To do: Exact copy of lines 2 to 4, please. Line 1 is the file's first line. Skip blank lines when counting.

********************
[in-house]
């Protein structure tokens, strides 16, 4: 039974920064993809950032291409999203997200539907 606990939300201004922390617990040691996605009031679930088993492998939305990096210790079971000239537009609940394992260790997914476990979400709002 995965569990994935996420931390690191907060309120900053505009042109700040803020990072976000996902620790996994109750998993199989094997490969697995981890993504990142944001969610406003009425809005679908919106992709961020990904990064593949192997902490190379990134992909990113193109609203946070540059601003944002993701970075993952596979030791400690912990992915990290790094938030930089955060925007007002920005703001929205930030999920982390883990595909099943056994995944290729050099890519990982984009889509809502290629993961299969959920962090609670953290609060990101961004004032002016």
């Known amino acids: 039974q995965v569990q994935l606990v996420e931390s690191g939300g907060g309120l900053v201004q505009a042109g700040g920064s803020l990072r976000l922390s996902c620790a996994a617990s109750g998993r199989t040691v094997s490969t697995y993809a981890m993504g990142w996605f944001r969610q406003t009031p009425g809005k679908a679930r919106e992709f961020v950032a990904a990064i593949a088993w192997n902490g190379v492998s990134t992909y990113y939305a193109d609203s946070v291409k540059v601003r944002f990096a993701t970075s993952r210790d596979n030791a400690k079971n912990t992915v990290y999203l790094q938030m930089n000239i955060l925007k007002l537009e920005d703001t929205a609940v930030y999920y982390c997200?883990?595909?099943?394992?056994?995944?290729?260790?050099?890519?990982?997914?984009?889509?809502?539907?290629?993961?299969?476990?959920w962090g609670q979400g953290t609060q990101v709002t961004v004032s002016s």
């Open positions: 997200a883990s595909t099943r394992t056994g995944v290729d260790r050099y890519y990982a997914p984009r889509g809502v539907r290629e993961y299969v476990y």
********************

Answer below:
């Protein structure tokens, strides 16, 4: 039974920064993809950032291409999203997200539907 606990939300201004922390617990040691996605009031679930088993492998939305990096210790079971000239537009609940394992260790997914476990979400709002 995965569990994935996420931390690191907060309120900053505009042109700040803020990072976000996902620790996994109750998993199989094997490969697995981890993504990142944001969610406003009425809005679908919106992709961020990904990064593949192997902490190379990134992909990113193109609203946070540059601003944002993701970075993952596979030791400690912990992915990290790094938030930089955060925007007002920005703001929205930030999920982390883990595909099943056994995944290729050099890519990982984009889509809502290629993961299969959920962090609670953290609060990101961004004032002016």
């Known amino acids: 039974q995965v569990q994935l606990v996420e931390s690191g939300g907060g309120l900053v201004q505009a042109g700040g920064s803020l990072r976000l922390s996902c620790a996994a617990s109750g998993r199989t040691v094997s490969t697995y993809a981890m993504g990142w996605f944001r969610q406003t009031p009425g809005k679908a679930r919106e992709f961020v950032a990904a990064i593949a088993w192997n902490g190379v492998s990134t992909y990113y939305a193109d609203s946070v291409k540059v601003r944002f990096a993701t970075s993952r210790d596979n030791a400690k079971n912990t992915v990290y999203l790094q938030m930089n000239i955060l925007k007002l537009e920005d703001t929205a609940v930030y999920y982390c997200?883990?595909?099943?394992?056994?995944?290729?260790?050099?890519?990982?997914?984009?889509?809502?539907?290629?993961?299969?476990?959920w962090g609670q979400g953290t609060q990101v709002t961004v004032s002016s």
């Open positions: 997200a883990s595909t099943r394992t056994g995944v290729d260790r050099y890519y990982a997914p984009r889509g809502v539907r290629e993961y299969v476990y």